Modelling olive trees and grapevines in a changing climate. Moriondo, M.; Ferrise, R.; Trombi, G.; Brilli, L.; Dibari, C.; and Bindi, M. Environmental Modelling & Software, 72:387–401, 2015.
doi  abstract   bibtex   
The models developed for simulating olive tree and grapevine yields were reviewed by focussing on the major limitations of these models for their application in a changing climate. Empirical models, which exploit the statistical relationship between climate and yield, and process based models, where crop behaviour is defined by a range of relationships describing the main plant processes, were considered. The results highlighted that the application of empirical models to future climatic conditions (i.e. future climate scenarios) is unreliable since important statistical approaches and predictors are still lacking. While process-based models have the potential for application in climate-change impact assessments, our analysis demonstrated how the simulation of many processes affected by warmer and CO2-enriched conditions may give rise to important biases. Conversely, some crop model improvements could be applied at this stage since specific sub-models accounting for the effect of elevated temperatures and CO2 concentration were already developed. (C) 2014 Elsevier Ltd. All rights reserved.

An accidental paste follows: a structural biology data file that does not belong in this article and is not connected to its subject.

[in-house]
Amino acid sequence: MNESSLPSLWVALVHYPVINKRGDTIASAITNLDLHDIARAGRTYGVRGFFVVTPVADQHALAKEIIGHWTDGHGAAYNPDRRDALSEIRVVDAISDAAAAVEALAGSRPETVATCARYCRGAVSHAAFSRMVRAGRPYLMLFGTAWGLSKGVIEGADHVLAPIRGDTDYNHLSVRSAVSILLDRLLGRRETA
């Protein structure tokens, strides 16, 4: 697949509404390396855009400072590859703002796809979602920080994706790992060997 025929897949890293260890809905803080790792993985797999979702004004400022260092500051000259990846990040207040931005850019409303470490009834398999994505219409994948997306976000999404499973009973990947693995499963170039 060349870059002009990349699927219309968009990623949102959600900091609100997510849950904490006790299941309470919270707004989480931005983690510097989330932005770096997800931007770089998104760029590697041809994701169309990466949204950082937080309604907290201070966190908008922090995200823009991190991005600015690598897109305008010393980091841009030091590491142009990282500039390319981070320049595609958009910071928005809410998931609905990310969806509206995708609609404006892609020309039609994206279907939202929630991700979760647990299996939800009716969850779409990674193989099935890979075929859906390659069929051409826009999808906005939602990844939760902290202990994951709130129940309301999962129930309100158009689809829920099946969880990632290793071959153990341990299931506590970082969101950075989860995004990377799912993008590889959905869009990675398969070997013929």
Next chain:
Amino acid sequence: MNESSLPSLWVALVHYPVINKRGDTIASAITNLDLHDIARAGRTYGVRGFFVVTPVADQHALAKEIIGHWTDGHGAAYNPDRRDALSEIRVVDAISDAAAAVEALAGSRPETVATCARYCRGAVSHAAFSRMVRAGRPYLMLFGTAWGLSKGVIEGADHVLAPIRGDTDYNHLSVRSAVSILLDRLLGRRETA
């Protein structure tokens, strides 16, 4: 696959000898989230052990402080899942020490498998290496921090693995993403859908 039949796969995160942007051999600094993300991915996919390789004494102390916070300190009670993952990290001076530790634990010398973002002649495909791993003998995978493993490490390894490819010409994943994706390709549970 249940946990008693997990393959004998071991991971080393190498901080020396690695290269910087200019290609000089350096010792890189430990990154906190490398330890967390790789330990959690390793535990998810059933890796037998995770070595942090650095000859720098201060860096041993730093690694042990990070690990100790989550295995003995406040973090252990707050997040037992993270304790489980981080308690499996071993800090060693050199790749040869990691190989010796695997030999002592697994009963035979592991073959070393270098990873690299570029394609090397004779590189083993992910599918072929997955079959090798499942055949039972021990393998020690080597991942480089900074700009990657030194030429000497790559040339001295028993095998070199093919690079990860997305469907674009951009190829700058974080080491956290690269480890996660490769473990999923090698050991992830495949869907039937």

@Article {Moriondo2015,
author = {Moriondo, M. and Ferrise, R. and Trombi, G. and Brilli, L. and Dibari, C. and Bindi, M.}, 
title = {Modelling olive trees and grapevines in a changing climate}, 
journal = {Environmental Modelling \& Software}, 
volume = {72}, 
pages = {387--401}, 
year = {2015}, 
doi = {10.1016/j.envsoft.2014.12.016}, 
abstract = {The models developed for simulating olive tree and grapevine yields were reviewed by focussing on the major limitations of these models for their application in a changing climate. Empirical models, which exploit the statistical relationship between climate and yield, and process based models, where crop behaviour is defined by a range of relationships describing the main plant processes, were considered. The results highlighted that the application of empirical models to future climatic conditions (i.e. future climate scenarios) is unreliable since important statistical approaches and predictors are still lacking. While process-based models have the potential for application in climate-change impact assessments, our analysis demonstrated how the simulation of many processes affected by warmer and CO2-enriched conditions may give rise to important biases. Conversely, some crop model improvements could be applied at this stage since specific sub-models accounting for the effect of elevated temperatures and CO2 concentration were already developed. (C) 2014 Elsevier Ltd. All rights reserved.}, 
note = { }, 
keywords = {tree crops; climate change; simulation models; crop yield; vitis-vinifera l.; air co2 enrichment; soil-water content; elevated co2; mediterranean basin; cropping systems; growth; yield; carbon; simulation}, 
type = {CropM}}
Downloads: 0